What my query letter would say if I wasn’t a coward

Query letters. 

Bane of the unpublished writer’s existence. They’re supposed to be professional business letters because you’re trying to enter into a business arrangement with the agent. A query must also be entertaining in order to prove that you can actually write. You have to enthuse to prove that you have faith in your book and you can be trusted to self promote. Entertaining and enthusiastic are not words I’d normally associate with a professional business letter.

Then there’s the other consideration which is the sheer investment of time and effort that is a novel. The general advice is to query widely so you could get the idea that each rejection doesn’t mean much but you only get one chance per novel with each agent. There’s a finite number of agents and not all of them are capable of representing any given book. 

Agents are busy and the publishing industry as a whole is in trouble. You may lose the one agent who could have got your book into print because you made a stupid error in the letter and they didn’t have time to read past that error. That’s not the fault of the agent. It still sucks, though.

So here it is, my moment of catharsis, a look at what my query letter would look like if I wasn’t a coward.

Dear Agent,

I am seeking representation for my novel [REDACTED]. It is 110,000 words of supernatural espionage and features sexy spies and celtic gods. Yes I know that’s too long for a thriller but I’m giving you two genres for the price of one and I’m not cutting out the sex scenes. Something’s got to give somewhere and it turned out to be the word count.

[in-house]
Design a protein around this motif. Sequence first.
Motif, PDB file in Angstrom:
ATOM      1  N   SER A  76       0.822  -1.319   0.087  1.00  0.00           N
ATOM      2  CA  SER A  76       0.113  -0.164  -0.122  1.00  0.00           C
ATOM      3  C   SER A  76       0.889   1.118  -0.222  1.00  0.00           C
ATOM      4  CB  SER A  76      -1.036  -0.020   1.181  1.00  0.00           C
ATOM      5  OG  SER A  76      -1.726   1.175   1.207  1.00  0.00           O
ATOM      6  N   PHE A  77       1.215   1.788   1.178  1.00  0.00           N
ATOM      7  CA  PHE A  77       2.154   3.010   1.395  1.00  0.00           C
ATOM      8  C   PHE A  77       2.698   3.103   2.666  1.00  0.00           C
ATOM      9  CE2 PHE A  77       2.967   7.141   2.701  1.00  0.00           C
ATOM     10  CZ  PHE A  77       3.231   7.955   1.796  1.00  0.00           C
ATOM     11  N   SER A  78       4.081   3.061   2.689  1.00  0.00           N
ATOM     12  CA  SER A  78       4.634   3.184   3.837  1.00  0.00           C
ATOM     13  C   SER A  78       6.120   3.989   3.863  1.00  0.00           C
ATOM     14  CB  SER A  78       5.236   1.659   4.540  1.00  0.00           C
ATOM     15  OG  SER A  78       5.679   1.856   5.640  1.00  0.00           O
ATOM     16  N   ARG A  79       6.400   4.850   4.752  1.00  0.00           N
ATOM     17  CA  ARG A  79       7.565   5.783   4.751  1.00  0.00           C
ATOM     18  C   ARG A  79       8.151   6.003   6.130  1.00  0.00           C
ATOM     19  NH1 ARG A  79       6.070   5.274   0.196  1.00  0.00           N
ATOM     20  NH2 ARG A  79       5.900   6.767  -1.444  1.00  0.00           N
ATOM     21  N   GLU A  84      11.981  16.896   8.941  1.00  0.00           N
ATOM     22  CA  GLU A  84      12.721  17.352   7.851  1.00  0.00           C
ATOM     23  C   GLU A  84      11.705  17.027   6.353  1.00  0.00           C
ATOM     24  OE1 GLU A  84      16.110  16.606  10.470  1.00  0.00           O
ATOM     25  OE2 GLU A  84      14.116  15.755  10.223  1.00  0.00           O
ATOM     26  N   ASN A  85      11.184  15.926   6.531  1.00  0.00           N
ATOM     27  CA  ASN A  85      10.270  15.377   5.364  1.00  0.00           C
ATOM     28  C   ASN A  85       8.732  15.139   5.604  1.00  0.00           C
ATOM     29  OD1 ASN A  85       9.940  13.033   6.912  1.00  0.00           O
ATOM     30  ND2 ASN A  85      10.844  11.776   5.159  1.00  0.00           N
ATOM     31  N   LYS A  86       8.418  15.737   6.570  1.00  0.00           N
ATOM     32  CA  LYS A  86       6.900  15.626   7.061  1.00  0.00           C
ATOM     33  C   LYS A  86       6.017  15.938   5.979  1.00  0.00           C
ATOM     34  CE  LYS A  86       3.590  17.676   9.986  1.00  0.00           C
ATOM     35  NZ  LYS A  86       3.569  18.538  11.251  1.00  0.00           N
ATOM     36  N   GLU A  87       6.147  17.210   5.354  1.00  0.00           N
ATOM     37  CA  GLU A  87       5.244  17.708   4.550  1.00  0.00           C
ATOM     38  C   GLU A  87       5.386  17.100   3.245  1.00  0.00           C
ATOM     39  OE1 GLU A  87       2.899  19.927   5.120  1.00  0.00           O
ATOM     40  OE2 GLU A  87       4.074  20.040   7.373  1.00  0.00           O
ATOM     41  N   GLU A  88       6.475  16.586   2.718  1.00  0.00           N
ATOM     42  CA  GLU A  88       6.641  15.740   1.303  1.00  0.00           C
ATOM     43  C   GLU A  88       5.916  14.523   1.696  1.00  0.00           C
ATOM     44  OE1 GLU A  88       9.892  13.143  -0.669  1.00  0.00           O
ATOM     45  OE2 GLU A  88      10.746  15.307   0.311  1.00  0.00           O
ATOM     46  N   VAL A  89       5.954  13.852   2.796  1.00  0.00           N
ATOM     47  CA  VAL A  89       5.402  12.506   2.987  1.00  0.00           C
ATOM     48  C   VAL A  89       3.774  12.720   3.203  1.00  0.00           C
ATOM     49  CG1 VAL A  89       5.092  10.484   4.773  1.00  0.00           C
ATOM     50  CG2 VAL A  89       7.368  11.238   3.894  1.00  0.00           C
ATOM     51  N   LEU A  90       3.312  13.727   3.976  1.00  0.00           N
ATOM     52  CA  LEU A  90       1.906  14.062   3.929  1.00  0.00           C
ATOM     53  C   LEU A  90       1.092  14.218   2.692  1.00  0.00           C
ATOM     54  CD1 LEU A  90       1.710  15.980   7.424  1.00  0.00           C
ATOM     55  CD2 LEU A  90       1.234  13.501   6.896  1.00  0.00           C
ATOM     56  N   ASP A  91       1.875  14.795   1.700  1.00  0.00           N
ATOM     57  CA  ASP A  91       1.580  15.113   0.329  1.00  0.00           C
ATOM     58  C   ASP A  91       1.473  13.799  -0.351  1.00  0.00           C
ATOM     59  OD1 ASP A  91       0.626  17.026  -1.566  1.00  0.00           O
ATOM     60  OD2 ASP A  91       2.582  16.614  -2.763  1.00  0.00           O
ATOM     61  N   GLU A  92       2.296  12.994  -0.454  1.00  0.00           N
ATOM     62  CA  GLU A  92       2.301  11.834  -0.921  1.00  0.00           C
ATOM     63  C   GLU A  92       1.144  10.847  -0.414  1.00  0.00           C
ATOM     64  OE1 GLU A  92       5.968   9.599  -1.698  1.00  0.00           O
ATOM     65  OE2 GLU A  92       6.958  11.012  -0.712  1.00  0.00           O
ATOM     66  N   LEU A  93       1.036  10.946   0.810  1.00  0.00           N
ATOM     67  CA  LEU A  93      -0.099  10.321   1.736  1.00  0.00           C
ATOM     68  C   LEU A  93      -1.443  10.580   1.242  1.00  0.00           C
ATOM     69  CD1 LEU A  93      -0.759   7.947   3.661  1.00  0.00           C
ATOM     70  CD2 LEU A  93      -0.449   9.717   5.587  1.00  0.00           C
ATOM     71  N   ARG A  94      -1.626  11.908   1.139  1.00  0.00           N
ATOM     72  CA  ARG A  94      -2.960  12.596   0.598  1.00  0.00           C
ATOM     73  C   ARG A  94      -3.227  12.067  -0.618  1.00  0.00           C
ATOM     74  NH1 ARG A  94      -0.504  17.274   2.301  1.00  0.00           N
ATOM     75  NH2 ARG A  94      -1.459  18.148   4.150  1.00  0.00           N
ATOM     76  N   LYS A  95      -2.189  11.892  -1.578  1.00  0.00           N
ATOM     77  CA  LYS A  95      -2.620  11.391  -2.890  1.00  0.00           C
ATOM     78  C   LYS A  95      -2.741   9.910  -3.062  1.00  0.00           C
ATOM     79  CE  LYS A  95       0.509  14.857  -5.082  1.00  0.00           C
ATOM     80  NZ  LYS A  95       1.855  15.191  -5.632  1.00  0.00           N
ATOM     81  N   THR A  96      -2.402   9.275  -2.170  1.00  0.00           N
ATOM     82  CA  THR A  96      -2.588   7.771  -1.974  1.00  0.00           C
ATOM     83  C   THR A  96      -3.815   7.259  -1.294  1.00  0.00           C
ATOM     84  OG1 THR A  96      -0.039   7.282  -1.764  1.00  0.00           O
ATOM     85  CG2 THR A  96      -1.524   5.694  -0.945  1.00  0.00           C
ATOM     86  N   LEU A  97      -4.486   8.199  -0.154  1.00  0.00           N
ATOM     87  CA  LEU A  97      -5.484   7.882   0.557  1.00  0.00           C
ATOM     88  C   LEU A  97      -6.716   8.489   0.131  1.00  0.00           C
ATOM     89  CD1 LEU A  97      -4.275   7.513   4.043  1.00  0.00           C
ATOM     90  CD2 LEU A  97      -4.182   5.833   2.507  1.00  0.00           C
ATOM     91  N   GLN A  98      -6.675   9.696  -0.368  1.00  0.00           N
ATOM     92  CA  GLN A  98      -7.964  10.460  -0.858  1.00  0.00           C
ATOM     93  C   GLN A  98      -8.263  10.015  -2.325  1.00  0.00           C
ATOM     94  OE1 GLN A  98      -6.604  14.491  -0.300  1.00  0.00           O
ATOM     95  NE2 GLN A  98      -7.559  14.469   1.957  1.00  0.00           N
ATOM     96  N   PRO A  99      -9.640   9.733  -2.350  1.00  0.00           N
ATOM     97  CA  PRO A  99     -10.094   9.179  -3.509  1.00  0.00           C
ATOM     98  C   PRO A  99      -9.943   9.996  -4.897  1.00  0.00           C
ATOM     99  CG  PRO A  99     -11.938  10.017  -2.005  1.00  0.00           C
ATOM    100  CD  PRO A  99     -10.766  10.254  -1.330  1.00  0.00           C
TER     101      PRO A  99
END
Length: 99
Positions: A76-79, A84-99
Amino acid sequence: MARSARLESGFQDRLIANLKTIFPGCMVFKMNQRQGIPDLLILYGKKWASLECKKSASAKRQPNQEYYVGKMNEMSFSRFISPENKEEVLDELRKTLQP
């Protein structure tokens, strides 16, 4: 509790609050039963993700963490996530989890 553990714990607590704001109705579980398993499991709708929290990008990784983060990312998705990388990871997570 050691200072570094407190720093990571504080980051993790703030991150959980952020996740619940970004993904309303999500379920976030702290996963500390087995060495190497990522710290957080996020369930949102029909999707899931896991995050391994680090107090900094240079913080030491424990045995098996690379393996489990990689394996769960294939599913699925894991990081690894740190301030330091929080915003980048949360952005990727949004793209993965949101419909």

[REDACTED] also contains a strong vein of dark humour that is laugh out loud funny in places. What do you mean people don’t like funny sex scenes? Have you seen sex? It’s hilarious.

Please reply with a standard rejection email at your earliest convenience. I’m sure you are an excellent agent and I’d love to work with you, but experience tells me that you don’t want to represent either me or the novel (possibly both). The last thing you want in the current crisis is a book in Frankenstine’s genre written by a broke idiot from the frozen north/wrong side of the atlantic. 

At this point I’m just querying every agent I can find because, apparently, rejections don’t count until you’ve collected at least 100. It’s also a displacement activity because I can’t afford to hire a professional editor and a cover artist so I can publish it myself and I’m trying to avoid learning anything new about spreadsheets.

I am fat, poor and from an unmarketable bit of Scotland. I’ve done fuck all of interest with my life and I have no connections. I’m also older than you but I somehow have not accumulated enough money to be able to pay in order to have talked to you face to face at a convention, back when conventions were still a thing. I am not even slightly famous.

I look forward to hearing from you soon (in an obvious form reply about how you’re not passionate enough about my novel which doesn’t fit into your agency and isn’t right for your list).


A carefully selected pseudonym that could be any gender because sexism is not dead.

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Older than you think. Swears a lot. Writer. Owner of the Walking-Stick-of-Doom. Has a personal backstory so tragic it could win Britain's got talent on its own.

2 thoughts on “What my query letter would say if I wasn’t a coward”

  1. Haha I love this. Being from a country where agents don’t exist, I find myself still needing to look up query letters to deal directly with publishers. As you can imagine, the odds probably aren’t as great as approaching agents. Thanks for sharing!

    Liked by 1 person

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